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When the Stanford developmental biologist Roeland Nusse learned he had won a $3 million science prize, he realized he didn’t have anything to wear to the glitzy awards ceremony. So he opted to rent a tux.

He could have bought one, of course, with his windfall. But what would be the point? “I don’t see myself wearing a tuxedo too often,” Nusse told STAT.


Welcome to the culture clash that is the annual Breakthrough Prize ceremony, an elaborately choreographed fete that’s billed as the Oscars of science because it lavishes researchers with a Hollywood treatment that takes them way out of their element. This year’s ceremony — hosted by the actor Morgan Freeman and featuring an actual red carpet and a performance from Alicia Keys — was held on Sunday night at a NASA hangar in Silicon Valley.

Here are this year’s five biomedical winners, each of whom receives $3 million along with a Oscar statuette-esque trophy fashioned in the shape of a coil resembling DNA:

  • Roeland Nusse: He co-discovered a gene and mapped out its role in producing the molecular messages that are key to embryonic development — and, when things go wrong, cancer. Companies are using his research to develop drugs for low bone density and colon cancer.
  • Stephen Elledge: The Harvard biologist contributed key insights into how cells repair damaged DNA. The same work won Elledge one of last year’s Lasker Awards, one of the most prestigious honors in medical science.
  • Harry Noller: A molecular biologist at the University of California, Santa Cruz, he did key work elucidating the structure of ribosomes, which convert RNA into proteins.
  • Yoshinori Ohsumi: It’s been a good year for this Japanese biologist. Earlier this fall he won the Nobel Prize in physiology or medicine for the same work that the Breakthrough Prize honors: his discovery of the cell process known as autophagy, which allows cells to recycle proteins and other molecules instead of just disposing them.
  • Dr. Huda Yahya Zoghbi: A rare diseases researcher at Baylor College of Medicine, she’s being honored for uncovering the genetic causes and biological mechanisms of two rare neurological diseases. The work may have applications for drugs for conditions like Alzheimer’s and Parkinson’s. (Read more about her story here.)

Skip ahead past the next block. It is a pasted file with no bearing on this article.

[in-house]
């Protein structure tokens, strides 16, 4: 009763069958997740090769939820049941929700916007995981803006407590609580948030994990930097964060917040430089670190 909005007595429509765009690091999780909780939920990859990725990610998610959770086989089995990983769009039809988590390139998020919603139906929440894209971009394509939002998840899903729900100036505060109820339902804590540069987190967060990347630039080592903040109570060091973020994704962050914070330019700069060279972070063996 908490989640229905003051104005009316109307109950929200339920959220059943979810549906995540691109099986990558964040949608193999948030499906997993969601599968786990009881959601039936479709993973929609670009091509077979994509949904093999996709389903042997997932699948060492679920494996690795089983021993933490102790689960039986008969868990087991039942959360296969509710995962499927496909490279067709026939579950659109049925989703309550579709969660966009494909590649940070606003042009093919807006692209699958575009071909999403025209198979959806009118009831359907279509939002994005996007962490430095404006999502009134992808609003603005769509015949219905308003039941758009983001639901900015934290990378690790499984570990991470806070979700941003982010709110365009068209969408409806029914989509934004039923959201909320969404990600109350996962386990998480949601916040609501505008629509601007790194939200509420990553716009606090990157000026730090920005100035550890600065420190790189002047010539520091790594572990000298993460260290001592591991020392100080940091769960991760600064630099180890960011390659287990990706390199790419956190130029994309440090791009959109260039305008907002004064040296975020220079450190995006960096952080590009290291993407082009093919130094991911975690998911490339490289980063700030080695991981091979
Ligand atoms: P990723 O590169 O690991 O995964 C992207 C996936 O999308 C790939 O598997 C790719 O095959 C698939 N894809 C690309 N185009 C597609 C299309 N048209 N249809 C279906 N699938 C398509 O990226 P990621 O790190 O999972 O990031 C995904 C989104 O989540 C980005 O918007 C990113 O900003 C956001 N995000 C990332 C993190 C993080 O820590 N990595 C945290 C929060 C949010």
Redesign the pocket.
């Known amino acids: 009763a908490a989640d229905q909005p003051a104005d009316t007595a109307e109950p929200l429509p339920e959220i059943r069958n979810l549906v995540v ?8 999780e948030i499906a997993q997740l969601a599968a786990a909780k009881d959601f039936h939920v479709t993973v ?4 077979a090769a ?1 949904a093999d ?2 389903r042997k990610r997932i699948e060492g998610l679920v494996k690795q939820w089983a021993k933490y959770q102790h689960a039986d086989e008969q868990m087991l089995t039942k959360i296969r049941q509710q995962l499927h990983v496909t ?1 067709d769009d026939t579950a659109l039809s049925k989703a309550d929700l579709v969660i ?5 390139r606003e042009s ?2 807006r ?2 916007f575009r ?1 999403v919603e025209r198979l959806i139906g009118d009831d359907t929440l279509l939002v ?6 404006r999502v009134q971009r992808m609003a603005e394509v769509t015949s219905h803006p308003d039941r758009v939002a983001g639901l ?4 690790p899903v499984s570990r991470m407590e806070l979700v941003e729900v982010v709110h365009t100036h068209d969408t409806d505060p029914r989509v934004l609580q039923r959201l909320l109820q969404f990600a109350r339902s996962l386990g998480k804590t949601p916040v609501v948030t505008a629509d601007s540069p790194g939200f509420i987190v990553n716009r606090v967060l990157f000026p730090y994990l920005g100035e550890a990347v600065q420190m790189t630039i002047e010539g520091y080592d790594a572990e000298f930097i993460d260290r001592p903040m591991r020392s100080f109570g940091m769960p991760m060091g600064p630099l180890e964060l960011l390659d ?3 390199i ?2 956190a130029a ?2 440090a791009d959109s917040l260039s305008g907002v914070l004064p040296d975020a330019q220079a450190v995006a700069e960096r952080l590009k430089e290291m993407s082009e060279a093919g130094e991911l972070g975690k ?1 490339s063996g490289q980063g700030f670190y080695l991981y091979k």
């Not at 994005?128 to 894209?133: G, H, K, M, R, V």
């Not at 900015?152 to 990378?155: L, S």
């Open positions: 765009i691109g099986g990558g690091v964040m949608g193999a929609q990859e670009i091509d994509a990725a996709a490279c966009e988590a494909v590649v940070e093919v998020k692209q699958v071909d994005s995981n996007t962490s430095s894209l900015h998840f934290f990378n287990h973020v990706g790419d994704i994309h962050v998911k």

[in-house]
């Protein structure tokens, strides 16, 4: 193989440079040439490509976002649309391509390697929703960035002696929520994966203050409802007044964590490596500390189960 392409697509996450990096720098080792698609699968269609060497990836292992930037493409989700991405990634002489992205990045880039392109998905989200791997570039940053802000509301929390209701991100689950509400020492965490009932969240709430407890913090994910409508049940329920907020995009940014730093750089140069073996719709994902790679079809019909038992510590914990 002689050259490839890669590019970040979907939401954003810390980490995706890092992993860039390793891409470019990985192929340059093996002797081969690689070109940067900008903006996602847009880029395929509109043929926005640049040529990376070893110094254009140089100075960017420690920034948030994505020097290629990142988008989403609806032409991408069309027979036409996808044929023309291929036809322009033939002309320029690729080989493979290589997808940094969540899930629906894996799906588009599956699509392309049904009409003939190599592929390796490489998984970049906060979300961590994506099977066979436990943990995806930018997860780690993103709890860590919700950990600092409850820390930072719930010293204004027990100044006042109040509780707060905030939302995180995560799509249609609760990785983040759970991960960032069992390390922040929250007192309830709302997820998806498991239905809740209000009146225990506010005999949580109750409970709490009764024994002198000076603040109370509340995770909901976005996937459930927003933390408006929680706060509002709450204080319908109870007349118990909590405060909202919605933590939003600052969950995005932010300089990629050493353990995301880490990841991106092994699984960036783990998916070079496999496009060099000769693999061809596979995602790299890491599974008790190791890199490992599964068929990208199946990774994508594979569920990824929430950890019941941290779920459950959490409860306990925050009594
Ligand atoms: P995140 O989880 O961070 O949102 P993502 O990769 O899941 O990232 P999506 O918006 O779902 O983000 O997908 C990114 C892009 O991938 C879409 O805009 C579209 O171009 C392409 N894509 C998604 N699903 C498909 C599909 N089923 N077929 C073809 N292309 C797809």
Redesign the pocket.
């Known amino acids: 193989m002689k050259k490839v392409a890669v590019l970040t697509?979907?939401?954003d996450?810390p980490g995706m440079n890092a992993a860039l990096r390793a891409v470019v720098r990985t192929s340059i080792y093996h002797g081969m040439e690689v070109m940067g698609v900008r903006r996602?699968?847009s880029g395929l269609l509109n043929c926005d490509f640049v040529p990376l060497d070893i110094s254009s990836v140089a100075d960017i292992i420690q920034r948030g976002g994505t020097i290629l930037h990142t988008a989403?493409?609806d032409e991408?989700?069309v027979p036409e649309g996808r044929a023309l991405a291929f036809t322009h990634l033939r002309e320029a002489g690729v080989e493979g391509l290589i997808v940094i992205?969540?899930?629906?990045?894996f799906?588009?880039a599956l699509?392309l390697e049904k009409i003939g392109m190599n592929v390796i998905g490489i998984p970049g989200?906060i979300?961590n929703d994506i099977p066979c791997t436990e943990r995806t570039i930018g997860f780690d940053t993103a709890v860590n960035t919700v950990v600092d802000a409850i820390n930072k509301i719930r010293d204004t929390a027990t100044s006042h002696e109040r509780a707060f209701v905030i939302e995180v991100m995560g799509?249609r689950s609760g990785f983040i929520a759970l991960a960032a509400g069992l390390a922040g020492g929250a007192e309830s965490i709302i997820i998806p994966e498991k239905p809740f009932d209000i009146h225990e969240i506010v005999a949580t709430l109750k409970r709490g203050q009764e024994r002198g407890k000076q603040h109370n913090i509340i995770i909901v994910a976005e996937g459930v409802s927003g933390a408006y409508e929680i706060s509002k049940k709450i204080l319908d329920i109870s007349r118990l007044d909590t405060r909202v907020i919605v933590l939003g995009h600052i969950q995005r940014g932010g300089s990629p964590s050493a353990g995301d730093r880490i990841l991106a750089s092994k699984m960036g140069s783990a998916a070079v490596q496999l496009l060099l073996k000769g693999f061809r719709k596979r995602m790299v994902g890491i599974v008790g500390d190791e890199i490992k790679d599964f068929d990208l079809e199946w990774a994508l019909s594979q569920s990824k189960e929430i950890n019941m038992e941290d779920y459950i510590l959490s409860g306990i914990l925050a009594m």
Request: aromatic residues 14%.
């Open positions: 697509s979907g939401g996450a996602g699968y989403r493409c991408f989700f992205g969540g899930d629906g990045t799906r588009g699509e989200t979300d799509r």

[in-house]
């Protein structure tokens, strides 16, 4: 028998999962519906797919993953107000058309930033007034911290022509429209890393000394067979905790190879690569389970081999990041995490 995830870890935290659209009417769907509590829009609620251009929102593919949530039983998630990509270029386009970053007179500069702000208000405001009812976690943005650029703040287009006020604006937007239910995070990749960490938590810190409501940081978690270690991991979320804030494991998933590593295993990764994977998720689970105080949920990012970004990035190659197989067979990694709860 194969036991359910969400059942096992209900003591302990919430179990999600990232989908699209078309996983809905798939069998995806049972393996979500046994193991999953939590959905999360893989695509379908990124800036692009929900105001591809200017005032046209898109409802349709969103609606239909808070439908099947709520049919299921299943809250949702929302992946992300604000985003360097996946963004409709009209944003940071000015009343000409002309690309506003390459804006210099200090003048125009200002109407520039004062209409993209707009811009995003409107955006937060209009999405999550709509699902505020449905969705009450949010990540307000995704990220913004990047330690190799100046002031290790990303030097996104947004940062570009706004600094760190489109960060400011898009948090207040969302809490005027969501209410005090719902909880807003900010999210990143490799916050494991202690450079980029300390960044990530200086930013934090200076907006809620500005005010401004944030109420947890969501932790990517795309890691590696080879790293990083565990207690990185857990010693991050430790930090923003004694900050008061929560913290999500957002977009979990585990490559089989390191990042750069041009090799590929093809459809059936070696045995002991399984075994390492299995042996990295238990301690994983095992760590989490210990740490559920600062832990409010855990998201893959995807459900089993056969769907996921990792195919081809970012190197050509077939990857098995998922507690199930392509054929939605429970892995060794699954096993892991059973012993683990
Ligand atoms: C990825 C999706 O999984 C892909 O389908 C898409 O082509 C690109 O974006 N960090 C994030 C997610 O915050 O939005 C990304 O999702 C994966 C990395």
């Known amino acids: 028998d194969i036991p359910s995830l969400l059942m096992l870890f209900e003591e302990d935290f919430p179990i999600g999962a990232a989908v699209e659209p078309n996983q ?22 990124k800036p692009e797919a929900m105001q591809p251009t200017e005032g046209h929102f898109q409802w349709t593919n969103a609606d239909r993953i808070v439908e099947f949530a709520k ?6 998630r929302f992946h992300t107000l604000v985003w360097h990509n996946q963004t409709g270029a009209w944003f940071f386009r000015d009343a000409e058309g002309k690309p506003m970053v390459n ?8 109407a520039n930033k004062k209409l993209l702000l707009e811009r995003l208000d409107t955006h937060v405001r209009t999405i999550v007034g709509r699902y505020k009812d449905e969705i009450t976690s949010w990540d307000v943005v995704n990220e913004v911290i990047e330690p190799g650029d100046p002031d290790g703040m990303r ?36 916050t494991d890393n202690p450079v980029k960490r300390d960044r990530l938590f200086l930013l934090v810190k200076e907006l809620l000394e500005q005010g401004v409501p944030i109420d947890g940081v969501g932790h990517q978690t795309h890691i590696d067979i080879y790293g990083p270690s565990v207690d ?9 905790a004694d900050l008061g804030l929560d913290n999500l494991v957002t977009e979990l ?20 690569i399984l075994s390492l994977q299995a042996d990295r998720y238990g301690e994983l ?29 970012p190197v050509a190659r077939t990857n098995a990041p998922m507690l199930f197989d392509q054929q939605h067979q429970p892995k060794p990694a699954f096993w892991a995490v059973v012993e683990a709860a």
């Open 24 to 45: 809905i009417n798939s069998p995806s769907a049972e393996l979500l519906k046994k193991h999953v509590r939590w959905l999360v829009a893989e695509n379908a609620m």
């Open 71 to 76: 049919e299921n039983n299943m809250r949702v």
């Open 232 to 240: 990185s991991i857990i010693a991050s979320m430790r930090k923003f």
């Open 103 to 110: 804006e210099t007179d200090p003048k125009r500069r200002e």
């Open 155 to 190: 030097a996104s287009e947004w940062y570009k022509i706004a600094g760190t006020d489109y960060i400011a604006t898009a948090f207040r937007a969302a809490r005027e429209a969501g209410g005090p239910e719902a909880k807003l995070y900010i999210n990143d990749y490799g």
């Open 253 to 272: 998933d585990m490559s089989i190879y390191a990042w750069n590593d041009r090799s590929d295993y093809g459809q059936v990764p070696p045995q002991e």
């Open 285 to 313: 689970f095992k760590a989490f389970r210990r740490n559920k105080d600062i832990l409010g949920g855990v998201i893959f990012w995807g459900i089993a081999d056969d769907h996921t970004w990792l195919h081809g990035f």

Held annually since 2013, the Breakthrough Prize puts scientists on the same red carpet as celebrities. (Hollywood stars in attendance generally have at least a tangential connection to the world of science, even if that’s just a starring role in a science-themed film.)


The idea, as conceived by the billionaire venture capitalist Yuri Milner, was to elevate scientists to the level of celebrities and actors in the eye of the public. Asked how well he’s achieved that goal, Milner said, basically, it’s all relative.

“Compared to some other prizes, we’re doing very well. Compared to the Super Bowl, we have a long way to go,” he told STAT in a phone interview.

This year’s Breakthrough Prize ceremony also honored six physicists, a mathematician, and teenagers who created science videos. All told, the program doled out $25 million in prize money. Milner and his wife fund it, along with Facebook founder Mark Zuckerberg and his wife, Dr. Priscilla Chan, Google cofounder Sergey Brin, and 23andMe CEO Anne Wojcicki.

Milner wouldn’t disclose the budget for the ceremony itself.

Past Breakthrough Prize winners interviewed by STAT described the surreal experience of listening to the roar of celebrities’ jets touching down for the ceremony — and conversations with Hollywood types that ranged from starstruck to scientifically literate.

This year’s winners will spend Monday doing something more in their comfort zone: participating in a full day of talks and panel discussions on topics like gravitational wave astronomy and the gene-editing technology CRISPR-Cas9.

No Hollywood celebrities are on that agenda.